The U.S. government warned Wednesday of the possibility that nation-state actors could use specialized malware to gain access to industrial control system (ICS) or supervisory control, data acquisition (SCADA), devices.
“The APT actors have developed custom-made tools for targeting ICS/SCADA devices,” multiple U.S. agencies said in an alert. Once they gain access to an operational technology network (OT), the tools allow them to scan, compromise and control any affected devices. “
The joint federal advisory is courtesy of U.S. Department of Energy, the Cybersecurity and Infrastructure Security Agency (CISA), National Security Agency(NSA) and Federal Bureau of Investigations (FBI).
These custom-made tools were specifically created to distinguish Schneider Electric programmable controllers (PLCs), OMRON Sysmac NEX PCLCs and Open Platform Communications Unified Architecture servers (OPC UA).
On top of that, the unnamed actors are said to possess capabilities to infiltrate Windows-based engineering workstations across IT and OT networks by making use of an exploit that compromises an ASRock-signed motherboard driver with known vulnerabilities (CVE-2020-15368).
The agencies stated that the purpose of the access to ICS was to raise privileges and move laterally in the networks to sabotage mission critical functions in liquified gas (LNG), and other power environments.
Industrial cybersecurity company Dragos, which has been tracking the malware under the name “PIPEDREAM” since early 2022, described it as a “modular ICS attack framework that an adversary could leverage to cause disruption, degradation, and possibly even destruction depending on targets and the environment. “
Dragos CEO Robert M. Lee attributed the malware to a state actor dubbed CHERNOVITE, assessing with high confidence that the destructive toolkit has yet to be employed in real-world attacks, making it possibly the first time “an industrial cyber capability has been found *prior* to its deployment for intended effects. “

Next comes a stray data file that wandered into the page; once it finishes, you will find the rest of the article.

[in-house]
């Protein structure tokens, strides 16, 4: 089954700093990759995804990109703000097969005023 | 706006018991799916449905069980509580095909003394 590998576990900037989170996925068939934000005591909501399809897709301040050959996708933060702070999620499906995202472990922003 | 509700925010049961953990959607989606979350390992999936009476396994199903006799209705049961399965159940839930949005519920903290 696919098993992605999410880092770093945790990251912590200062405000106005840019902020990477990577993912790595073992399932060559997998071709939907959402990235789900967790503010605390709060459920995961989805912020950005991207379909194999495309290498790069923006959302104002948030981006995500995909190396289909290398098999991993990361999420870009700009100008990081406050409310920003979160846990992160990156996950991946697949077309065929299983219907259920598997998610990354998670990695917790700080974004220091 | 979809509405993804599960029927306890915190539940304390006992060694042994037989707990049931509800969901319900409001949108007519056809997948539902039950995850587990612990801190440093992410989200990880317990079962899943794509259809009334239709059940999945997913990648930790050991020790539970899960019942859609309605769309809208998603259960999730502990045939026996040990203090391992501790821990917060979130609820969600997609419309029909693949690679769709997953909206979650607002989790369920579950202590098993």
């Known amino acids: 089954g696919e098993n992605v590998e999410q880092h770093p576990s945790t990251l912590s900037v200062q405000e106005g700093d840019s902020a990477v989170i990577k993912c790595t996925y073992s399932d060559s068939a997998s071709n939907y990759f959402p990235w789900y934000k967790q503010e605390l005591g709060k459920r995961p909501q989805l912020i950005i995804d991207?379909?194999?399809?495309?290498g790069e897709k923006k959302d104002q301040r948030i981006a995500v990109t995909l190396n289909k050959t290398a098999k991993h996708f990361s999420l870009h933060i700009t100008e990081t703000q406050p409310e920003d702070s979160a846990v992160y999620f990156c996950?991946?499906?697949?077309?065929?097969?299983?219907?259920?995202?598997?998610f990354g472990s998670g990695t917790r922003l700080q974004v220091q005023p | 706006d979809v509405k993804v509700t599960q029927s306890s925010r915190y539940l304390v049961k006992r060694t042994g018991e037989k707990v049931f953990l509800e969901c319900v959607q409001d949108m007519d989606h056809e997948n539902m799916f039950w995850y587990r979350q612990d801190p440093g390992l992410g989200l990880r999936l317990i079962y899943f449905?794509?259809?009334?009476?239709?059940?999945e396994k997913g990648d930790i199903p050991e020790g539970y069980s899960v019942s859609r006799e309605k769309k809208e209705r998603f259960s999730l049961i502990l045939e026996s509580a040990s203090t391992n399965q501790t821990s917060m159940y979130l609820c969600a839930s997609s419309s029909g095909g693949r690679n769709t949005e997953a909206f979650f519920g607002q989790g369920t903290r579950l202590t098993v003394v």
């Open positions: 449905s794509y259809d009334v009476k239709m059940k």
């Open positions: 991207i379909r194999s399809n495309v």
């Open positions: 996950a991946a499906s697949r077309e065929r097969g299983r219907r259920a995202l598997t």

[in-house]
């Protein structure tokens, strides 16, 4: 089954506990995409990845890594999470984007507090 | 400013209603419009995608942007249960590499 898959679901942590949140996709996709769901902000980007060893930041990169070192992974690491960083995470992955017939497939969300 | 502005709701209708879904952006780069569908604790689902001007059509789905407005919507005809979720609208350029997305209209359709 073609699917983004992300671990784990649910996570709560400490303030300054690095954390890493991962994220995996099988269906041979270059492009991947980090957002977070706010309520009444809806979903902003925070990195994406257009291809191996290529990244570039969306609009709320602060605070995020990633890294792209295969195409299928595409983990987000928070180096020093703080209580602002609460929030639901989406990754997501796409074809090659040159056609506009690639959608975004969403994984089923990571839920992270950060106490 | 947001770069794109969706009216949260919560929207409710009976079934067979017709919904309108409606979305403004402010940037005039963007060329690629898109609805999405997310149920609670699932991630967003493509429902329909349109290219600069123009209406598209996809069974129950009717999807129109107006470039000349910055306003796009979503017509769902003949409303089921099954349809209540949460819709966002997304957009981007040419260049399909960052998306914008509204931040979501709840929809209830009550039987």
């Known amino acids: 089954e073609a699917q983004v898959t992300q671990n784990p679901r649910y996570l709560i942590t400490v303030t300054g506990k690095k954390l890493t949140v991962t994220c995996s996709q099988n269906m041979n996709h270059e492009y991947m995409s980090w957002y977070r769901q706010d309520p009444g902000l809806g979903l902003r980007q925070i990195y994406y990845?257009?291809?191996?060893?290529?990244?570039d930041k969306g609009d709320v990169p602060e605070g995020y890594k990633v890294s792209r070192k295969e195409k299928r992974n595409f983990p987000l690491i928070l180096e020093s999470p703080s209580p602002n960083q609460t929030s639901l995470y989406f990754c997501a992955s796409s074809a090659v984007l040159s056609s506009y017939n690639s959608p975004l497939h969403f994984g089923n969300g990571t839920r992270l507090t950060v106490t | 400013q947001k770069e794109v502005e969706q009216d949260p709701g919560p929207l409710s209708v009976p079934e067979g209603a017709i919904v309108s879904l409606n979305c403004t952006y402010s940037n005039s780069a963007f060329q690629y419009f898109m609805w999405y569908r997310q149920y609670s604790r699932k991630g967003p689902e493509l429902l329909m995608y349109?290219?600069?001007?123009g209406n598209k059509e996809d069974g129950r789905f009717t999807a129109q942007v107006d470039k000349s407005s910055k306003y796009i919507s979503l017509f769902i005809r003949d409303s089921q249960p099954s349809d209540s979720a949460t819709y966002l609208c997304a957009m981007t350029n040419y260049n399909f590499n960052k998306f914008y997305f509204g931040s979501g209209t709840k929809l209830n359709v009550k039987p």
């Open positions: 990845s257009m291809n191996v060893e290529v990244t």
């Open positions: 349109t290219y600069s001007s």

PIPEDREAM features an array of five components to accomplish its goals, enabling it to conduct reconnaissance, hijack target devices, tamper with the execution logic of controllers, and disrupt PLCs, effectively leading to “loss of safety, availability, and control of an industrial environment. “
The versatile malware is also known to take advantage of CODESYS, a third-party development environment for programming controller applications and which has been uncovered to contain as many as 17 different security vulnerabilities in the past year alone.
“Capabilities to reprogram and potentially disable safety controllers and other machine automation controllers could then be leveraged to disable the emergency shutdown system and subsequently manipulate the operational environment to unsafe conditions,” Dragos cautioned.
Coinciding with the disclosure is another report from threat intelligence firm Mandiant, which uncovered what it calls a “set of novel industrial control system (ICS)-oriented attack tools” aimed at machine automation devices from Schneider Electric and Omron.
The state-sponsored malware, which it has named INCONTROLLER, is designed to “interact with specific industrial equipment embedded in different types of machinery leveraged across multiple industries” by means of industrial network protocols such as OPC UA, Modbus, and CODESYS.
However, it is not clear how Dragos or Mandiant discovered the malware. The findings come a day after Slovak cybersecurity company ESET detailed the use of an upgraded version of the Industroyer malware in a failed cyberattack directed against an unnamed energy provider in Ukraine last week.
“INCONTROLLER “*” is an extremely rare and deadly cyber attack capability. “It is comparable to Triton, which attempted to disable an industrial safety system in 2017; Industroyer, which caused a power outage in Ukraine in 2016; and Stuxnet, which sabotaged the Iranian nuclear program around 2010. “
To mitigate potential threats and secure ICS and SCADA devices, the agencies are commending organizations to enforce multi-factor authentication for remote access, periodically change passwords, and continuously be on the lookout for malicious indicators and behaviors.